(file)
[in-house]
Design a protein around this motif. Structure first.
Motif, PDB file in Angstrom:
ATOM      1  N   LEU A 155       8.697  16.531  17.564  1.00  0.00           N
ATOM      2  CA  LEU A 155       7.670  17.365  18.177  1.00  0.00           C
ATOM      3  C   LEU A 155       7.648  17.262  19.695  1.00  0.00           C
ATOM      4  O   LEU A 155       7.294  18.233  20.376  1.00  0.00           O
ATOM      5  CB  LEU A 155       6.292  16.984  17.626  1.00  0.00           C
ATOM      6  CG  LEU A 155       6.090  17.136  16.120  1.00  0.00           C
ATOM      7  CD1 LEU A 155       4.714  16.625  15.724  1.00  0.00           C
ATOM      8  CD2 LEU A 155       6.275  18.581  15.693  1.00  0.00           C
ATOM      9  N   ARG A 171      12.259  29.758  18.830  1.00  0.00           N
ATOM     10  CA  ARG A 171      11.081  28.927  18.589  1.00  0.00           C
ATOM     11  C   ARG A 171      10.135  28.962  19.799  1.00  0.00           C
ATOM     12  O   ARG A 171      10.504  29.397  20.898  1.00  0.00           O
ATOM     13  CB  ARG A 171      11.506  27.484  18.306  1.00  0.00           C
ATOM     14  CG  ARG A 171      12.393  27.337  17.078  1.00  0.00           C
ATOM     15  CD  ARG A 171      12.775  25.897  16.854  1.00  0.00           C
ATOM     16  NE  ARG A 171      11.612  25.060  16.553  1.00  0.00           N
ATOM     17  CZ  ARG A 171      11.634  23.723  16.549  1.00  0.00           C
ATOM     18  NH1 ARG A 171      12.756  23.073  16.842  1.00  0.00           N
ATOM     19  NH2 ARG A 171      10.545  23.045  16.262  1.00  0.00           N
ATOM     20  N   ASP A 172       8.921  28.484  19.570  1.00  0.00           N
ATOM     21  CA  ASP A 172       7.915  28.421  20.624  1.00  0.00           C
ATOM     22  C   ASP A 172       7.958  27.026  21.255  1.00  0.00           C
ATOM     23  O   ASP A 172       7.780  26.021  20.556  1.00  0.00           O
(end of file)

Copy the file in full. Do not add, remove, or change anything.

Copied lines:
[in-house]
Design a protein around this motif. Structure first.
Motif, PDB file in Angstrom:
ATOM      1  N   LEU A 155       8.697  16.531  17.564  1.00  0.00           N
ATOM      2  CA  LEU A 155       7.670  17.365  18.177  1.00  0.00           C
ATOM      3  C   LEU A 155       7.648  17.262  19.695  1.00  0.00           C
ATOM      4  O   LEU A 155       7.294  18.233  20.376  1.00  0.00           O
ATOM      5  CB  LEU A 155       6.292  16.984  17.626  1.00  0.00           C
ATOM      6  CG  LEU A 155       6.090  17.136  16.120  1.00  0.00           C
ATOM      7  CD1 LEU A 155       4.714  16.625  15.724  1.00  0.00           C
ATOM      8  CD2 LEU A 155       6.275  18.581  15.693  1.00  0.00           C
ATOM      9  N   ARG A 171      12.259  29.758  18.830  1.00  0.00           N
ATOM     10  CA  ARG A 171      11.081  28.927  18.589  1.00  0.00           C
ATOM     11  C   ARG A 171      10.135  28.962  19.799  1.00  0.00           C
ATOM     12  O   ARG A 171      10.504  29.397  20.898  1.00  0.00           O
ATOM     13  CB  ARG A 171      11.506  27.484  18.306  1.00  0.00           C
ATOM     14  CG  ARG A 171      12.393  27.337  17.078  1.00  0.00           C
ATOM     15  CD  ARG A 171      12.775  25.897  16.854  1.00  0.00           C
ATOM     16  NE  ARG A 171      11.612  25.060  16.553  1.00  0.00           N
ATOM     17  CZ  ARG A 171      11.634  23.723  16.549  1.00  0.00           C
ATOM     18  NH1 ARG A 171      12.756  23.073  16.842  1.00  0.00           N
ATOM     19  NH2 ARG A 171      10.545  23.045  16.262  1.00  0.00           N
ATOM     20  N   ASP A 172       8.921  28.484  19.570  1.00  0.00           N
ATOM     21  CA  ASP A 172       7.915  28.421  20.624  1.00  0.00           C
ATOM     22  C   ASP A 172       7.958  27.026  21.255  1.00  0.00           C
ATOM     23  O   ASP A 172       7.780  26.021  20.556  1.00  0.00           O